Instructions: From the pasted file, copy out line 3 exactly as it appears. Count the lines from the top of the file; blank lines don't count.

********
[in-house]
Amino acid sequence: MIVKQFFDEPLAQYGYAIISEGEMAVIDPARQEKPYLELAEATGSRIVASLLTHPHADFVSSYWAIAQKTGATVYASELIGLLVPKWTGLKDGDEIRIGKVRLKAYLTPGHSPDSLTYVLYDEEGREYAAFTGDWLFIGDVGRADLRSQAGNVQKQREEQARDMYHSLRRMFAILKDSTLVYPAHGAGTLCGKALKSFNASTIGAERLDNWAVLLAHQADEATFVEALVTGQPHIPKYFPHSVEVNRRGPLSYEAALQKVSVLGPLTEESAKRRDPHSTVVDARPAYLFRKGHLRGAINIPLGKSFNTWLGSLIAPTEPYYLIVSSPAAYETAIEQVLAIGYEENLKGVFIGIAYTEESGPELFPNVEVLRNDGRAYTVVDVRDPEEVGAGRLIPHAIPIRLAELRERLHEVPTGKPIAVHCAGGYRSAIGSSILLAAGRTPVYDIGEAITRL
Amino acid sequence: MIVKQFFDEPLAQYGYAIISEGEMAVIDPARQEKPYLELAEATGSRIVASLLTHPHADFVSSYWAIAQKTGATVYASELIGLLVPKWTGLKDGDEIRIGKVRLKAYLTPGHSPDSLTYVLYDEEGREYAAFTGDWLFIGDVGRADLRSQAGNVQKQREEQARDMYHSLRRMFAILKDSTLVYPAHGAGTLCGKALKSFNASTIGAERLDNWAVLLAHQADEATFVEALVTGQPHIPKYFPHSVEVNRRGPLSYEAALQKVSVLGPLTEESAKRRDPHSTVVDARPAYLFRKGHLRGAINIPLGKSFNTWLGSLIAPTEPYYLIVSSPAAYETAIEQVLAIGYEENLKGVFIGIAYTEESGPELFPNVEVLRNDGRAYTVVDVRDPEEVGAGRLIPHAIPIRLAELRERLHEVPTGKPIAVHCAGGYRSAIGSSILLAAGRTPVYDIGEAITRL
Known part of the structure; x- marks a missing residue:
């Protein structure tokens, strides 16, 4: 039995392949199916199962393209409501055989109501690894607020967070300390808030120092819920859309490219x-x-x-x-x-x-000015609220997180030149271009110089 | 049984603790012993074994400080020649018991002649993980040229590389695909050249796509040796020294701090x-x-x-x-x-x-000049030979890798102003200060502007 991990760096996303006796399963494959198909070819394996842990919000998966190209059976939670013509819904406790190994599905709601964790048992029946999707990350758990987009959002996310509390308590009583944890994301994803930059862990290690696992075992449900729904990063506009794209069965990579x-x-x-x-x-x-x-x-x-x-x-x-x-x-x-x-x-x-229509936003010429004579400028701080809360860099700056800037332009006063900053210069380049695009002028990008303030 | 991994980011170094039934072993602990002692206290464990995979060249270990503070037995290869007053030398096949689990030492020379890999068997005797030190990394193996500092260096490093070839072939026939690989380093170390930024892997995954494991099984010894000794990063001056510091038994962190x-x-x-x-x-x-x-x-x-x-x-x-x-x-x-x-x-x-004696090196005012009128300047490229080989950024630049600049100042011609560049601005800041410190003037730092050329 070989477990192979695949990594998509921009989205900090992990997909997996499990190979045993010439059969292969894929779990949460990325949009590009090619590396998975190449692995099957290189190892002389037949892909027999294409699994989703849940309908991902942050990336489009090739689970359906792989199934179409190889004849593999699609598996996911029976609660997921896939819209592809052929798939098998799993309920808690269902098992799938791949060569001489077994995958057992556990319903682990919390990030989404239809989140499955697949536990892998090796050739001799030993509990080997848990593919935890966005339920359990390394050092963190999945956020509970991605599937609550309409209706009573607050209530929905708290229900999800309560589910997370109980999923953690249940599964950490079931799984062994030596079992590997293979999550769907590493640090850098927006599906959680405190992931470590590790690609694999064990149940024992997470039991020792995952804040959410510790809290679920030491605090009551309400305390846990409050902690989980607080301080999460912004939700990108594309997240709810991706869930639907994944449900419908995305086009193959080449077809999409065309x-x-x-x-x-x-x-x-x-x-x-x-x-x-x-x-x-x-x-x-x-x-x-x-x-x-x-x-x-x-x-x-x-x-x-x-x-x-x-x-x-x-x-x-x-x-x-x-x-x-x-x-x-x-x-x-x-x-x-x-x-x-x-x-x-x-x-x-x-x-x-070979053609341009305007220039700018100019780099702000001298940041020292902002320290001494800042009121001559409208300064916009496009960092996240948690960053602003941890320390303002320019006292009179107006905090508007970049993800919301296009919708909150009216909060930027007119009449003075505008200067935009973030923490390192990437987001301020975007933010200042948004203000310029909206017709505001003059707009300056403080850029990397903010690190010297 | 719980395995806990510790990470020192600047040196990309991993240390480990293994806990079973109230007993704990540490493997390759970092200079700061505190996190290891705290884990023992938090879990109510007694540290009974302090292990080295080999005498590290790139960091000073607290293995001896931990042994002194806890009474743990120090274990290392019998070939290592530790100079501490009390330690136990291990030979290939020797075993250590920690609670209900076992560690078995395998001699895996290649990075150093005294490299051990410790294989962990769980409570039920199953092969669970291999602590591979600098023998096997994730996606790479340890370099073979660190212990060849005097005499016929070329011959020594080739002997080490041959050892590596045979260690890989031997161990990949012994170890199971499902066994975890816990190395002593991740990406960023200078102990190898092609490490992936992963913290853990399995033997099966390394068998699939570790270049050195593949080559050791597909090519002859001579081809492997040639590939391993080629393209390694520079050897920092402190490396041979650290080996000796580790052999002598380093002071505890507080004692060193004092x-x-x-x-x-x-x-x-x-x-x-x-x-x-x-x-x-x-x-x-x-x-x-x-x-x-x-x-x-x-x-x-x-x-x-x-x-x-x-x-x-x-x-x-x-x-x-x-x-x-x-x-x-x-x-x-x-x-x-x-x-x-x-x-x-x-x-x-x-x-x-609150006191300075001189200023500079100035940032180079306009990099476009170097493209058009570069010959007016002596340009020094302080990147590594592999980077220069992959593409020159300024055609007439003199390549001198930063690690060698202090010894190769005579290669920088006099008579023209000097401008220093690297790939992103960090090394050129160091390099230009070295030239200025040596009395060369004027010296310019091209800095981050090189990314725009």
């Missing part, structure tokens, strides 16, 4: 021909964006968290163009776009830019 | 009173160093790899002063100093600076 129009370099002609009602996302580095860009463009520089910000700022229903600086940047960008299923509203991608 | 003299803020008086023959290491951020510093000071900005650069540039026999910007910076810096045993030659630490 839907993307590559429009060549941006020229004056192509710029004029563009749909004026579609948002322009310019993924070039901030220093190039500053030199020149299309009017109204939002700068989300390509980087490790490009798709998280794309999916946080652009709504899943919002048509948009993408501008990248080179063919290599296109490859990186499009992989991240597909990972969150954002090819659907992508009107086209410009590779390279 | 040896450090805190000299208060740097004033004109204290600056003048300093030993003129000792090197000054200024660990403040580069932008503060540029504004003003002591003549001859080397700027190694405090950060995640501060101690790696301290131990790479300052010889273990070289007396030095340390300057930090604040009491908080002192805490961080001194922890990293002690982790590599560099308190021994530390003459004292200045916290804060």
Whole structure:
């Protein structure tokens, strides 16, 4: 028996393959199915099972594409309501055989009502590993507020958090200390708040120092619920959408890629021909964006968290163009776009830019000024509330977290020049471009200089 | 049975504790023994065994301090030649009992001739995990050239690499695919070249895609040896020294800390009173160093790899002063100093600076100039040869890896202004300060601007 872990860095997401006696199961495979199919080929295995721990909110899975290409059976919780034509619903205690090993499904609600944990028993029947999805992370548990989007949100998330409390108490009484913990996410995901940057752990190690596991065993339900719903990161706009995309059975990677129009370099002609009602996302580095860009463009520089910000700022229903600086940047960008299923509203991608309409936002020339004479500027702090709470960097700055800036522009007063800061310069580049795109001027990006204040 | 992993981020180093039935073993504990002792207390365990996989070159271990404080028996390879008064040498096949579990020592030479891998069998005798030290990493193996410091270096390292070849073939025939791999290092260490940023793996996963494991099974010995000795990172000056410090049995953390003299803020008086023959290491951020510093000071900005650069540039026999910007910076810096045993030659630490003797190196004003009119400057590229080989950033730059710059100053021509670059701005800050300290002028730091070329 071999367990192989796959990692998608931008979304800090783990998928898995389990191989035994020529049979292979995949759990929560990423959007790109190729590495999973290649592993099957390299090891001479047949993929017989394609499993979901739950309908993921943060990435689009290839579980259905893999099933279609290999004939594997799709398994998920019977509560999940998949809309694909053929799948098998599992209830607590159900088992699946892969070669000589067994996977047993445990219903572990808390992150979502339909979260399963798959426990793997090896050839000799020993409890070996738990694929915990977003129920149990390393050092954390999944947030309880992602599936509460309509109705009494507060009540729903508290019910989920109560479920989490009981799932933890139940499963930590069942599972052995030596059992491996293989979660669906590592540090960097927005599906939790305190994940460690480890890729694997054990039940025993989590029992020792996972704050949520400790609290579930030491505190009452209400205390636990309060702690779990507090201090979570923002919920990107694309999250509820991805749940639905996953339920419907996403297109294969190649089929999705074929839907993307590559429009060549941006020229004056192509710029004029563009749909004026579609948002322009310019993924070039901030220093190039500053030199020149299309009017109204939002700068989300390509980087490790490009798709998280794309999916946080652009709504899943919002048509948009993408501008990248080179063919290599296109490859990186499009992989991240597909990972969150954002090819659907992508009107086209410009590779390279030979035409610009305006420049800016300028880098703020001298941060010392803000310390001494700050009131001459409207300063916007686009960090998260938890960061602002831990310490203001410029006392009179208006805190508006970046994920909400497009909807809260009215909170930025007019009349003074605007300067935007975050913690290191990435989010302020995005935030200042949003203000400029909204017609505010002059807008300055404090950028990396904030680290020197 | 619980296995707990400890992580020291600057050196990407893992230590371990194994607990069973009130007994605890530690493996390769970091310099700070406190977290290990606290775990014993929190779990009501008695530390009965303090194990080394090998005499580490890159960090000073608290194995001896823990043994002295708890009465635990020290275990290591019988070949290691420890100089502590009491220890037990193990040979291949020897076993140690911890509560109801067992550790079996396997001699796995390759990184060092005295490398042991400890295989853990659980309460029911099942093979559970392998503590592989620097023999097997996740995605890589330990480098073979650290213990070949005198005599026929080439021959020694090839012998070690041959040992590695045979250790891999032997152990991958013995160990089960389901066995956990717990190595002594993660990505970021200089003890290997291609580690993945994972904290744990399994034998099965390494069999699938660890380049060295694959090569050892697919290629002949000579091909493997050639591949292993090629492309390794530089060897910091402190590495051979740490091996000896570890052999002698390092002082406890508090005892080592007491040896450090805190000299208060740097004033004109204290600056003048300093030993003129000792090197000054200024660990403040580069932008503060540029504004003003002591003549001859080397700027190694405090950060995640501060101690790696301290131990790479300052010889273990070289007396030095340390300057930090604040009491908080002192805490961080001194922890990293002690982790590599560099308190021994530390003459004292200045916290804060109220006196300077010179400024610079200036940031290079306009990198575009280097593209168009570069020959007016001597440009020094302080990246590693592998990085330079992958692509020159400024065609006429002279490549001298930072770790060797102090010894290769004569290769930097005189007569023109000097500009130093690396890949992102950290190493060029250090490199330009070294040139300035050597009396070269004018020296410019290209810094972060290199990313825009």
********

Amino acid sequence: MIVKQFFDEPLAQYGYAIISEGEMAVIDPARQEKPYLELAEATGSRIVASLLTHPHADFVSSYWAIAQKTGATVYASELIGLLVPKWTGLKDGDEIRIGKVRLKAYLTPGHSPDSLTYVLYDEEGREYAAFTGDWLFIGDVGRADLRSQAGNVQKQREEQARDMYHSLRRMFAILKDSTLVYPAHGAGTLCGKALKSFNASTIGAERLDNWAVLLAHQADEATFVEALVTGQPHIPKYFPHSVEVNRRGPLSYEAALQKVSVLGPLTEESAKRRDPHSTVVDARPAYLFRKGHLRGAINIPLGKSFNTWLGSLIAPTEPYYLIVSSPAAYETAIEQVLAIGYEENLKGVFIGIAYTEESGPELFPNVEVLRNDGRAYTVVDVRDPEEVGAGRLIPHAIPIRLAELRERLHEVPTGKPIAVHCAGGYRSAIGSSILLAAGRTPVYDIGEAITRL